Saul Bellow
Saul Bellow; drawing by David Levine

Toward the end of Saul Bellow’s last novel, Herzog’s wild ruminations are pierced by a very real horror when he wanders into a courtroom where a man and woman are standing trial for infanticide. The woman—semi-retarded, dim, brutalized—had, in a fit of fury, dashed her son to death against a hotel wall while her lover lay casually smoking in bed. From the vision of the dead child’s uncomprehending terror Herzog’s mind spins to his own daughter, who is kept from him by his ex-wife and her domestic consort Gersbach, the erstwhile friend who managed first to cuckold Herzog and then to usurp his role as father. Herzog’s glimpse in the courtroom of unthinkable human viciousness clears away the ambiguities around which he has wrapped his domestic situation, and, for once, instead of writing a letter or monograph about it, he sets out with an old family gun to rescue his daughter and do battle with those who have abused his heart. But when he sees the man he wishes to kill through a bathroom window in the act of tenderly washing his, Herzog’s, child, he falters, and reverts to his old self.

To shoot him!—an absurd thought. As soon as Herzog saw the actual person giving an actual bath, the reality of it, the tenderness of such a buffoon to a little child, his intended violence turned into theater, into something ludicrous.

If there is a notion of fate in Bellow’s work, it is that good men are destined, and know it, to misconceive life again and again. Throughout the book Herzog chases continually a reality which refuses to bow to the preconceptions formed of it by an imaginative intelligence. At one instant life seems a madman’s dream, but no sooner has one armed oneself against this flamboyant guise than it changes into something small and ordinary. For the figures of Bellow’s imagination, scratching away furiously for a resting place in life, this shifting reality is the cause of their comic and humbling pratfalls which force them to accept at last a world that is reluctant to offer simultaneous satisfaction to the mind and heart. When passion seems required, something is inevitably produced to disjoint the moment and set loose the ironies of thought which inform a Herzog that he is an incongruity, an actor done up in cod-piece, tights, and doublet sauntering into a kitchen set.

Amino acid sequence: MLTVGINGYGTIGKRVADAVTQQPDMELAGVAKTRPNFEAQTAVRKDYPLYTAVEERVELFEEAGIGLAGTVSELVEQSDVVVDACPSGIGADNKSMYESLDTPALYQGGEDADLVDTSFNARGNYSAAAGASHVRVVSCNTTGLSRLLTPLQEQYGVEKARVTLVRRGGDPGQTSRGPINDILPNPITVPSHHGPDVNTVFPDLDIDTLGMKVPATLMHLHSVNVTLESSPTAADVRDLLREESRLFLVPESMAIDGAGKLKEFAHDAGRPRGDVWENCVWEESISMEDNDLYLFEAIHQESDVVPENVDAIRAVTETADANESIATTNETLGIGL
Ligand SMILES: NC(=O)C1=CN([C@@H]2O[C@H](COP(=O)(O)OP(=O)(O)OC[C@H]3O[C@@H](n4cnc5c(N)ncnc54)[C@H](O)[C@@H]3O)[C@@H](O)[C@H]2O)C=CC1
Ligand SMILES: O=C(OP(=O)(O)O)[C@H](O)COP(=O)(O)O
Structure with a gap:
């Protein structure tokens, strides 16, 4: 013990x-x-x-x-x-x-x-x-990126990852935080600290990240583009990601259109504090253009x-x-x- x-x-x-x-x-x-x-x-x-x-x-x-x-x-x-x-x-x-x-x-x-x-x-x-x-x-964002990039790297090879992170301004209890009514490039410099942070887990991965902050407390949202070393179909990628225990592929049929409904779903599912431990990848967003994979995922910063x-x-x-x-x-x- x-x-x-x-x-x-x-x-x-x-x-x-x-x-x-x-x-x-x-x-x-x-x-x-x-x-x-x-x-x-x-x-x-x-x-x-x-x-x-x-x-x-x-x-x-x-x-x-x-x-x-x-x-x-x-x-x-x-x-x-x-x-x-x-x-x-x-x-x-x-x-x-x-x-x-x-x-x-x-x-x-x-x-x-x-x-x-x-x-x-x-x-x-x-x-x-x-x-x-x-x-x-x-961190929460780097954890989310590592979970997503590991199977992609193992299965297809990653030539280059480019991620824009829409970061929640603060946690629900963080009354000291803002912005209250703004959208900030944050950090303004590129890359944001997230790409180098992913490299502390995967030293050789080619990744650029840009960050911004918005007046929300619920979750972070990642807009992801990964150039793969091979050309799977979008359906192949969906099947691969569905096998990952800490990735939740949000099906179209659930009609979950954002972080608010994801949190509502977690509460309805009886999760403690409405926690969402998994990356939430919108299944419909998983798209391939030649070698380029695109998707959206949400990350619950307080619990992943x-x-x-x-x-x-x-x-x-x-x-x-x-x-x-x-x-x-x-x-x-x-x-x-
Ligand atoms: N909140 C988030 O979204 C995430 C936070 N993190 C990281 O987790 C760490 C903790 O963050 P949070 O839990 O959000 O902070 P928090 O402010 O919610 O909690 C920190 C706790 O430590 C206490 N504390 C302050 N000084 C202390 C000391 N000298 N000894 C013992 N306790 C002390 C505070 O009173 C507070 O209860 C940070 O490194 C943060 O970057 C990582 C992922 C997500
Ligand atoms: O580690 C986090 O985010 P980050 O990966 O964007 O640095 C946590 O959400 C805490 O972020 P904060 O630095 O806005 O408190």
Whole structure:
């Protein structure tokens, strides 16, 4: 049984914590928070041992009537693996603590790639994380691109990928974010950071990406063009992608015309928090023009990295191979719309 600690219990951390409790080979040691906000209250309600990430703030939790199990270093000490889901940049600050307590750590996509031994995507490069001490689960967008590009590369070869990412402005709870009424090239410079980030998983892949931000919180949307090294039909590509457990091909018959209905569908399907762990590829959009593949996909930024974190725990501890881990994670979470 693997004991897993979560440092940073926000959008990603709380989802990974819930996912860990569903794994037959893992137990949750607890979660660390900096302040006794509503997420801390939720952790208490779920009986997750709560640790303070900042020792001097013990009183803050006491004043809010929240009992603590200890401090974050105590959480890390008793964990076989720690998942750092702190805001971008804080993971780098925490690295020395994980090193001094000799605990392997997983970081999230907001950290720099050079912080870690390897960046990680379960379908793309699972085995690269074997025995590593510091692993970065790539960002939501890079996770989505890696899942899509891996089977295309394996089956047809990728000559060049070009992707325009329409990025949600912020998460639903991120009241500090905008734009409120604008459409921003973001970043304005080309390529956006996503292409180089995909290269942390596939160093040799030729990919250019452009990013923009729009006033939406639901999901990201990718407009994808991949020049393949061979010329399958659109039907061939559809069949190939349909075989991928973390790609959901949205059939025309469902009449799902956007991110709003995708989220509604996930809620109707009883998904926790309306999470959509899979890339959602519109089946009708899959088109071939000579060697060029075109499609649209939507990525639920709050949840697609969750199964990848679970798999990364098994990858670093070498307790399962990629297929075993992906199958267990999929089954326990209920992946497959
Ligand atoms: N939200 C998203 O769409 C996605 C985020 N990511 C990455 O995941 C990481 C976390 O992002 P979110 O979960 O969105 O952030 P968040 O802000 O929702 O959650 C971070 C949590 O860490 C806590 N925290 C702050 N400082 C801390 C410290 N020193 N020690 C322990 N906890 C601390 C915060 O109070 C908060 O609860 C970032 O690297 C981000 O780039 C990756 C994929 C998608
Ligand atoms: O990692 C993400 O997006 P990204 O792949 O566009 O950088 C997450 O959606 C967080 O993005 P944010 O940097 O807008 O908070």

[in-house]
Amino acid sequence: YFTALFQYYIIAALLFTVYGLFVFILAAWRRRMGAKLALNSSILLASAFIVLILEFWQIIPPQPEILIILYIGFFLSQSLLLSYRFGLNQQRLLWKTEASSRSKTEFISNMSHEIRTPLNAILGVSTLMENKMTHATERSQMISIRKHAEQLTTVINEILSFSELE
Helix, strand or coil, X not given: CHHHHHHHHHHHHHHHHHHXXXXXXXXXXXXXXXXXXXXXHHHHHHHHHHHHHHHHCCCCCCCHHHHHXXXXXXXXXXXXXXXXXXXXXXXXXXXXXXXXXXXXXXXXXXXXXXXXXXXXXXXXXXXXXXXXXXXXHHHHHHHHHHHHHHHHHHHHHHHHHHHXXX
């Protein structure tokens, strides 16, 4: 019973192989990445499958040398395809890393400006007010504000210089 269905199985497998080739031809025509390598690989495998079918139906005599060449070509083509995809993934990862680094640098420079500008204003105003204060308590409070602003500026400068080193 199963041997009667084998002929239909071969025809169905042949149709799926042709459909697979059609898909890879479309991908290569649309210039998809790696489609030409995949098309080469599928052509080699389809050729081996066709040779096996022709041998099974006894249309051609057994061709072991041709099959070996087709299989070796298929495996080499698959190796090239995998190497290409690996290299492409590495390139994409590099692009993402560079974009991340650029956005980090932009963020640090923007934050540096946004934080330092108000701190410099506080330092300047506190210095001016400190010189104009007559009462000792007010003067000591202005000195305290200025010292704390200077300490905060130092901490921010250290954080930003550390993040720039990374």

This sense of the antic perversity of life, its refusal to live up to the simplest or most elaborate human expectation, pervades almost all of Bellow’s work. For Augie March, a picaresque raisonneur, it can provide an amusing spectacle, a sort of existential rodeo where he can watch others testing their theories of how life can be broken and tamed before it bucks them off. “He was another of those persons who persistently arise before me with life counsels and illumination throughout my entire earthly pilgrimage,” says Augie about one of the characters in his saga, and his tone is that of a sensibility that will not be conned, that finds it best to drift a little to one side of life, putting itself together in an improvised way.

For Augie, who is, after all, young, overblown, a little shallow in his feelings and pleased that he is his own Columbus, there is no real urgency to battle for a sanctuary where he can find some connective truth between himself and the world he is observing. But for the Herzogs and the Hendersons, who already have had their wounds and deceptions, there is no alternative. Henderson, on his hands and knees, croaking out an imitation of a lion’s roar, moving, as he puts it, through “mental geography” to discover how to make himself complete, to achieve as a man that certainty of being which no longer needs to test itself; and Herzog, trying to love, to be a father, to claw himself out of the intellectual wreckage of his mind—these bruised individuals have been flayed so often that they seem almost reduced to pure spirit, to modern consciousnesses for which only the imagination of an artist can find a carnal embodiment.

This imagination belongs, of course, to Bellow, and, like his characters, it seems often to do battle with the materials of life without ever reaching an agreement with them. From Dangling Man to Herzog, one has a series of speculations, possibilities, and qualifications, of stylistic play and unexpected transformations, of self-amused assaults on the particulars of ordinary life followed by long meditations intending to disparage any victories won during the engagement. The intellect is always at play, a warning device to keep Bellow, like Herzog, from the luxury of being theatrical. It is not that Bellow is a philosophical writer in the European tradition, unfolding tight metaphysical parables or lyrical morality tales; rather, for him, thought seems a reflex action to the events he himself has imagined. So many times in his work one feels that he is encircling an incident, writing around it with an analytical caution which will never quite allow life an unannotated existence of its own.